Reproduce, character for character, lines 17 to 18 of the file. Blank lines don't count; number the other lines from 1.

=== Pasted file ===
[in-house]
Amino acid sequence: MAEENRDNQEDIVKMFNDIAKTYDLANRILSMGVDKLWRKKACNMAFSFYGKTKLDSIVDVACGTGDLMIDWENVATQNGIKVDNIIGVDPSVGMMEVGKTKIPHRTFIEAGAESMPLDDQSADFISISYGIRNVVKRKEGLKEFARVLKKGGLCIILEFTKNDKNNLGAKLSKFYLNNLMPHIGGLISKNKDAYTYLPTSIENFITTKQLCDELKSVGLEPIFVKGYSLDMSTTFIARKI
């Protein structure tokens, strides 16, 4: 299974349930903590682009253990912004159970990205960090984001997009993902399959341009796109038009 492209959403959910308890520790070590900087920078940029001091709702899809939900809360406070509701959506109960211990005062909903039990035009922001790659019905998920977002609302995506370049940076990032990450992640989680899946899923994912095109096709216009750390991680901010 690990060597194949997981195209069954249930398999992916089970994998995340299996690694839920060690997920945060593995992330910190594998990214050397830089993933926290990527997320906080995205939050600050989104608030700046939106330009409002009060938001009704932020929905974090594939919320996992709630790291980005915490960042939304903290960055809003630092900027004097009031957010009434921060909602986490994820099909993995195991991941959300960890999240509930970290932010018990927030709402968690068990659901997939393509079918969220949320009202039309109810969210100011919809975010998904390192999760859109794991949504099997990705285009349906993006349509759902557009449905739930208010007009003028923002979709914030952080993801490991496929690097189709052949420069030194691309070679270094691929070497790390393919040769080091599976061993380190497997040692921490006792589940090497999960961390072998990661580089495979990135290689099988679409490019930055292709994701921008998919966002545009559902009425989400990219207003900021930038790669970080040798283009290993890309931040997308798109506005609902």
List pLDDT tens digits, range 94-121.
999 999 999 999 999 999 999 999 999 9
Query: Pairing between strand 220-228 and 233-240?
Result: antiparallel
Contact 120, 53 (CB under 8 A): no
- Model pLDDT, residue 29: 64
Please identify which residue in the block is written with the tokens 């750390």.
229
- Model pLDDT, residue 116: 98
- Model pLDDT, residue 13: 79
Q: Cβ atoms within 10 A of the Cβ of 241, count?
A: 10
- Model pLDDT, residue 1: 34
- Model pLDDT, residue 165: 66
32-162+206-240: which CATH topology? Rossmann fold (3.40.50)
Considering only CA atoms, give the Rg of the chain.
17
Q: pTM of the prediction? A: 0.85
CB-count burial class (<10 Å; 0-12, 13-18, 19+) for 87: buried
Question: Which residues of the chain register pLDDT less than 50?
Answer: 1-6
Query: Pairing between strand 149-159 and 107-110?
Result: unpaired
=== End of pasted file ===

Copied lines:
- Model pLDDT, residue 165: 66
32-162+206-240: which CATH topology? Rossmann fold (3.40.50)